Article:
In this post I'll try to describe what I've come to understand as a Large-Scale Software Development Project (LSSDP) based on my real-world experience of successfully delivering such projects. There are many buzzwords flying around, recapping my own attempt to capture headlines on my CV: Experience with large-scale, geographically globally distributed-development projects spanning 200+ people, using Agile principles, multi-project
- Large-Scale Software Development Projects
- Global Software Development Projects
- Multisite Software Development Projects
- Globally Distributed Software Projects
- Geographically Distributed Software Projects
- Significant financial investment in the project spanning tens of millions of dollars
- Technology being produced by the engineering team is of a complex nature
- The engineering team (developers/testers/integrators), product and project management teams span in excess of 200 people
- Exceedingly high Expectations placed on the project team to ensure a successful outcome
- Strong implementation of processes & methodologies to co-ordinate and steer the project along
- Globally Distributed teams (where co-location impossible)
Case Study: Developing Set-Top-Box Software, Large-Scale, Globally Distributed Project
Fusion was not just about new technology and new architecture. Yes, it was borne from learning the hard lessons from its' predecessors (Core4, Evolution, Pantalk, XTV), taking the best design principles, merging with modern Linux & general operating system architectures, changing some models up-side-down, for example the concept of CDI (Common-Driver-Interface) that departs from the classic HAL (Hardware Abstraction Layer)-STB manufacturer tight coupling....(future post will discuss STB architecture)....Fusion was more about improving response times to deliver new features to market: Agility, Flexibility and Continuous Delivery. Faster time to market, can we deliver new features in three week sprints, i.e. sustain product increments every three weeks??
So what made Fusion a Large-Scale Project anyway?? The core Fusion architecture and principles were conceived by a small team of technical experts. The first major milestone was the production of the CDI specification, which is a 1500+ pages of technical specifications aimed at Chipset Vendors to comply with the underlying broad platform infrastructure, the low-level interface definitions. That was the ultimate starting point as it laid the foundation for services supplied to the upper layers of the software stack. The Middleware architecture was component based, consisting in excess of 100 components. The components were to be written and owned by development teams, located throughout the world: Two sites in UK, France, Israel & India (Note that language and cultural dynamics!). The CDI team located in Korea. The architecture was very complex, and was owned by a team of 20-30 architects, with a team of 3 chief architects controlling the overall decision making process. We referred to those 3 elite techno gurus as the Trinity. So IMHO, we have all the ingredients for a LSSDP...In fact, I think the method of Agile implemented, although not purist in its form, was very disciplined that proved itself well in managing this LSSDP project...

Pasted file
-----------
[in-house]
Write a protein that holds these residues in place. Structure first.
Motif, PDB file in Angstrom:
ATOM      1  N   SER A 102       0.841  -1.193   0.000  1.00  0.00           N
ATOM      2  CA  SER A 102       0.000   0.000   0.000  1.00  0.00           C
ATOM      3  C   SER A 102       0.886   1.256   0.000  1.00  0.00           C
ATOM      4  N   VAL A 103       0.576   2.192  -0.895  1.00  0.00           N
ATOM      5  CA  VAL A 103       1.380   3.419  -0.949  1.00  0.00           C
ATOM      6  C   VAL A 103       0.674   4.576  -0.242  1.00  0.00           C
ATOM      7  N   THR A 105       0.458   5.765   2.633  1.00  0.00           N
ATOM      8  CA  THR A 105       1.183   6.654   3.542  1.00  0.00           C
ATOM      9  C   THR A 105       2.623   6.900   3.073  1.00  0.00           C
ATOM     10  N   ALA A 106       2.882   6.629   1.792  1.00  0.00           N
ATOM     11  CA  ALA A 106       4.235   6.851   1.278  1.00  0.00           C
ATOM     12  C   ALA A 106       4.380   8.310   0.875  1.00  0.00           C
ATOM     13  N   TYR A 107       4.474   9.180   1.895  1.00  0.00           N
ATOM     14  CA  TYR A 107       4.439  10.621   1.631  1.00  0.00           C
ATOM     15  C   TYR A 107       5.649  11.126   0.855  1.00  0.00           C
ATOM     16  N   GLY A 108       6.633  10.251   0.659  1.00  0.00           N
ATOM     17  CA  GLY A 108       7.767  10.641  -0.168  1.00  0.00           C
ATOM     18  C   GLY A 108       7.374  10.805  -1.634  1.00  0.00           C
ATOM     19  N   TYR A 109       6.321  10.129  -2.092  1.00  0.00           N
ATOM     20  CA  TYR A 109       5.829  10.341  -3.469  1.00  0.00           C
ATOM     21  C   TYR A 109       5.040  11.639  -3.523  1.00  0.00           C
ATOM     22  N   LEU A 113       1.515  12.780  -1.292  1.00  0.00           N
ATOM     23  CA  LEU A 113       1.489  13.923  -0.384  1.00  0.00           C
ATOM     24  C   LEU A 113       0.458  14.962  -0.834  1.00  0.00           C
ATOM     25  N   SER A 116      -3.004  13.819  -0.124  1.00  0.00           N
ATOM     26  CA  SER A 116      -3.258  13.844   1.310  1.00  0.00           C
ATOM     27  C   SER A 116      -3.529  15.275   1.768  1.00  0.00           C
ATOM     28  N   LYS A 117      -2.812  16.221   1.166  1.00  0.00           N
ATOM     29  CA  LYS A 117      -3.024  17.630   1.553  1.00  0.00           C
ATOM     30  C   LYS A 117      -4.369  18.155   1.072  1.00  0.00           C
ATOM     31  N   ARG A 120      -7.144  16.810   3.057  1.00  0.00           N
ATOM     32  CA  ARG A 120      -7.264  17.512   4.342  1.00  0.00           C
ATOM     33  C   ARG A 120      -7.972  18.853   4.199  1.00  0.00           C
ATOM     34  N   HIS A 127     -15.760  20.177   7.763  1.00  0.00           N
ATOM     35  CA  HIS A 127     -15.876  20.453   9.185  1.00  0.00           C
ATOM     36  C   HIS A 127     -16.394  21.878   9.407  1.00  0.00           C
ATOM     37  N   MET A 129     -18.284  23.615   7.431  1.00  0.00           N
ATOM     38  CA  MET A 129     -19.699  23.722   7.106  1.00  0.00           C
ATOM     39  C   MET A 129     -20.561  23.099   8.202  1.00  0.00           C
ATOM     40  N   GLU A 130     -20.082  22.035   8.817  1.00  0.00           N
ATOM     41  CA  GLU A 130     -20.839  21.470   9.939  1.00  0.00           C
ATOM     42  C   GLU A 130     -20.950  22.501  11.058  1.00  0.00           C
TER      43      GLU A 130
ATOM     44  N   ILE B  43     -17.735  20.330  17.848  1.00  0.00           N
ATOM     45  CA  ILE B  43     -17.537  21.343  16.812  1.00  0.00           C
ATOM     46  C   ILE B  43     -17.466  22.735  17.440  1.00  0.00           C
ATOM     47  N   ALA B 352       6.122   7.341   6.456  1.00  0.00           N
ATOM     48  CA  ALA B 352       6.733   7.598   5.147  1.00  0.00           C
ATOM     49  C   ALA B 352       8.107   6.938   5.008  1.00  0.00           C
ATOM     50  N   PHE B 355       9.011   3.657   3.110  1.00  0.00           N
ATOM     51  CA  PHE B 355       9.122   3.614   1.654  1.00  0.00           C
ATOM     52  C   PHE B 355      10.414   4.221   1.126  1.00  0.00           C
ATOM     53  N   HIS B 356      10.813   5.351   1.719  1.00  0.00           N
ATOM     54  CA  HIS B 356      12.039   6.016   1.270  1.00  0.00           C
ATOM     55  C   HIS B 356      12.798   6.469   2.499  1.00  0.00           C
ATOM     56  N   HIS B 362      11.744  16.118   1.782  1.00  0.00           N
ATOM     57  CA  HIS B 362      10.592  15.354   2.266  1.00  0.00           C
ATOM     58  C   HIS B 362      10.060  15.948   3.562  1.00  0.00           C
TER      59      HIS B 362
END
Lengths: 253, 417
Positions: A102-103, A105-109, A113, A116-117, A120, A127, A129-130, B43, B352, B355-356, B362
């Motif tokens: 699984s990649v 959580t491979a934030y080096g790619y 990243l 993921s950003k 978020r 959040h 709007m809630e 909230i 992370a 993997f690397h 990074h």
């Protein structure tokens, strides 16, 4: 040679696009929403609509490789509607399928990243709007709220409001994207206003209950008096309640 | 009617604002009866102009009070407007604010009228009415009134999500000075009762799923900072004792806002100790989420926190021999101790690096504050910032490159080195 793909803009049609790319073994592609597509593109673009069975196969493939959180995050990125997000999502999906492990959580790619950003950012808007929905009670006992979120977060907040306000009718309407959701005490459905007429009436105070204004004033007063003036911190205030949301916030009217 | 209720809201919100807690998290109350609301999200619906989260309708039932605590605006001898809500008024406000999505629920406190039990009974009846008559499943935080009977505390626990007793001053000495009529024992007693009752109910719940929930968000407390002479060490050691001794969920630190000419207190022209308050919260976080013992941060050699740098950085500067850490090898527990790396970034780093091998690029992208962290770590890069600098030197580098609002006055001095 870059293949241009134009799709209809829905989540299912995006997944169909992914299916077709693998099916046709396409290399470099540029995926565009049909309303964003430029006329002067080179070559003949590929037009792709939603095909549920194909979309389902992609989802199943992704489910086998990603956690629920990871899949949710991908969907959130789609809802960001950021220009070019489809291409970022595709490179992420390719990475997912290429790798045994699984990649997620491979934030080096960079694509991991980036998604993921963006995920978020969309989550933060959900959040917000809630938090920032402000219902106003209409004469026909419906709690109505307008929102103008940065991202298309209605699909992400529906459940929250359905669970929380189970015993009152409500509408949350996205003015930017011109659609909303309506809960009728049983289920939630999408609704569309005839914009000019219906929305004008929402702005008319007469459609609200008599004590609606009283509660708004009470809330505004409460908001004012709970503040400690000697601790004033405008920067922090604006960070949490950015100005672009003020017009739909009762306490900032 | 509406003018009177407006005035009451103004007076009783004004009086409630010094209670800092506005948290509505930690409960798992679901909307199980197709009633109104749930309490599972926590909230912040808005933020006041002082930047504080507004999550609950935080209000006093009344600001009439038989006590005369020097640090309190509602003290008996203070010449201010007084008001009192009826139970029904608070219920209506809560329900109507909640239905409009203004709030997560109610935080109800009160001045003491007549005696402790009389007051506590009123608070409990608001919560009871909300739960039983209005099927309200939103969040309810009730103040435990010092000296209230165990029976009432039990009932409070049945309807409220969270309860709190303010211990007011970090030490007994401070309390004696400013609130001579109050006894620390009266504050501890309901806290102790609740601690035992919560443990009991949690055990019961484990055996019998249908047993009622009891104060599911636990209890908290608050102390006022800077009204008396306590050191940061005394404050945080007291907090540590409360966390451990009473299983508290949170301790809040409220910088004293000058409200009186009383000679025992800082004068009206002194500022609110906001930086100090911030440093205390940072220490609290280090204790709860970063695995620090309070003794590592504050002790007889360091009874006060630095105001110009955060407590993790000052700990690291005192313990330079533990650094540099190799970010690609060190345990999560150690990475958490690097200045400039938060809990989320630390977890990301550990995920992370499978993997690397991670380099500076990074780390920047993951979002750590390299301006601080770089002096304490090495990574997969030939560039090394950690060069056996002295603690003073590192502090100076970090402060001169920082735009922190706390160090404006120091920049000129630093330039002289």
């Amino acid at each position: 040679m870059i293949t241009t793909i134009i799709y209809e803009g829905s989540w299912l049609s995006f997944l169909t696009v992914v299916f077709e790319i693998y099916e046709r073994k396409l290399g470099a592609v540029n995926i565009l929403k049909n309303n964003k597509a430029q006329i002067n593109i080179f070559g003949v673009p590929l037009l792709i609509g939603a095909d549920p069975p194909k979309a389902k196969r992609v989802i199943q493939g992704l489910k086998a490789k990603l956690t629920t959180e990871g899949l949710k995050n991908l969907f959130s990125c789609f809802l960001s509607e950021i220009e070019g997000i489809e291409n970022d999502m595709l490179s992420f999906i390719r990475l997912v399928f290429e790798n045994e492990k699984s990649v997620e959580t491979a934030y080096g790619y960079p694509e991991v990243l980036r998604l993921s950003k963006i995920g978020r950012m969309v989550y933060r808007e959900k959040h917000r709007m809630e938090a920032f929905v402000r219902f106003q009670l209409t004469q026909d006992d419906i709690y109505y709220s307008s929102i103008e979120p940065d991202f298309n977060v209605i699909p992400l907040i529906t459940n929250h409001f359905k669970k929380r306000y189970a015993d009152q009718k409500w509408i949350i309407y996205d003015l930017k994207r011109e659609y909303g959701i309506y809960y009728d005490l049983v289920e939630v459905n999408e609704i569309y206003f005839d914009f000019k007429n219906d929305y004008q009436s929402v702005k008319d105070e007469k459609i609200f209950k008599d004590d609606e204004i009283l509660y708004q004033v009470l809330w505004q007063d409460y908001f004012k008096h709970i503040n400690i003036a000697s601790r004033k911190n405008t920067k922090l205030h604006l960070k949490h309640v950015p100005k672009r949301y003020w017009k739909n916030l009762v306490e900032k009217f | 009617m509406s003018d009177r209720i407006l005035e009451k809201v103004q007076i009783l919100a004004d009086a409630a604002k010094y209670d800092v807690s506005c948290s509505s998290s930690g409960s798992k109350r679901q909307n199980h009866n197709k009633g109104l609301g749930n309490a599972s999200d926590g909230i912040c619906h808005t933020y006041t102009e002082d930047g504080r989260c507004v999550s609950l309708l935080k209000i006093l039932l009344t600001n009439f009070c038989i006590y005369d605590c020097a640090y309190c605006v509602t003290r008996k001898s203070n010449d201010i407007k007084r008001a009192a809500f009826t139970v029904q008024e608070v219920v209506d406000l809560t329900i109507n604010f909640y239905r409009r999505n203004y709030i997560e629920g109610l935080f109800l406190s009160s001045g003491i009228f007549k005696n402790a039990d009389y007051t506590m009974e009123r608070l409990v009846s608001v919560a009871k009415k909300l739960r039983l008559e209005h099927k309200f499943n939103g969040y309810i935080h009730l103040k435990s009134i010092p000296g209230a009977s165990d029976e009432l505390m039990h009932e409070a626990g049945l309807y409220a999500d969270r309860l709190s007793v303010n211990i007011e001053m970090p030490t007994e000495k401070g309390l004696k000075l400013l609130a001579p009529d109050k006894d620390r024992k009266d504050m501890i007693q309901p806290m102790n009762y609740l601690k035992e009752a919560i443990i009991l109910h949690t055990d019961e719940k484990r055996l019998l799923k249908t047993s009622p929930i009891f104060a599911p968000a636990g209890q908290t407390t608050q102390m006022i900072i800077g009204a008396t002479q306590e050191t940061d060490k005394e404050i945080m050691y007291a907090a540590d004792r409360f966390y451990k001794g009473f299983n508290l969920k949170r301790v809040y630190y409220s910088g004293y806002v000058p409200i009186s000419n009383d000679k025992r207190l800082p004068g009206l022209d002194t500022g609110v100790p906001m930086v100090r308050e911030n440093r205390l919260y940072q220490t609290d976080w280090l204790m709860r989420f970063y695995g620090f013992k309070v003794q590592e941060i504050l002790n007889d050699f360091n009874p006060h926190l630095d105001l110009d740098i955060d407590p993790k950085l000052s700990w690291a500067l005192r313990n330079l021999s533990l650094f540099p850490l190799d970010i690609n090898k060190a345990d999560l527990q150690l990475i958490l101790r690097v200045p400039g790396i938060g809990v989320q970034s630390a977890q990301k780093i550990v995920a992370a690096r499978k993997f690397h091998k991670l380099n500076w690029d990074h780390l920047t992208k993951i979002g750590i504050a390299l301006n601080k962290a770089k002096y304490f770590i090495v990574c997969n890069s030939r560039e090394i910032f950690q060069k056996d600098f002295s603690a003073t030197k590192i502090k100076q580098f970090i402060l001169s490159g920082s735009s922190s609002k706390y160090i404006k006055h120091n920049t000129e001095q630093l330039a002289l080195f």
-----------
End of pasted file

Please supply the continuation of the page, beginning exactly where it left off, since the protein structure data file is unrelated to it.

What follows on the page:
Even in the R&D phase, this internal product development project was considered large-scale: ticking boxes of complex architecture and geographically dispersed teams. On landing the first customer win, Fusion switched focus to becoming both a development and delivery project (the Middleware was not complete, but we had to submit to project urgency). The customer (BSkyB) being quite bullish and demanding in its launch targets, resulted in an overdrive focus. The Project teams grew and expanded, new component teams were created, methodologies were introduced to control multiregion planning, management, development and integration. In a relatively short period of time the core development team scaled from 50 to 250 people. Two years later, there would be between 300-700 people all engaged on project deliveries (for major customers) all on the Fusion platform (that was still maturing).
In the next post I'll go deeper into the organizational structures - but for now, lets summarise how Fusion meets the requirements for LSSDP:
- Complex Architecture: 100+ components, new technologies, strict architecture rules
- Trinity of Chief Architects - Geographically Distributed Globally
- Group of System Architects (20-30+) - Geographically Distributed Globally
- Development & Integration Team (250+) - Geographically Distributed Globally
- Project Management Team (10+) - Geographically Distributed Globally
- Product Management Team (5+) - Geographically Distributed Globally
- Financial Investment (Tools, Infrastructure, People) - Circa $100 million or more
- Delivery Pressures - Customer Launch delivery in 2-3 years
Do you agree this is an LSSDP?? Read Part 2: Organisational Challenges of LSSDP Agile Projects...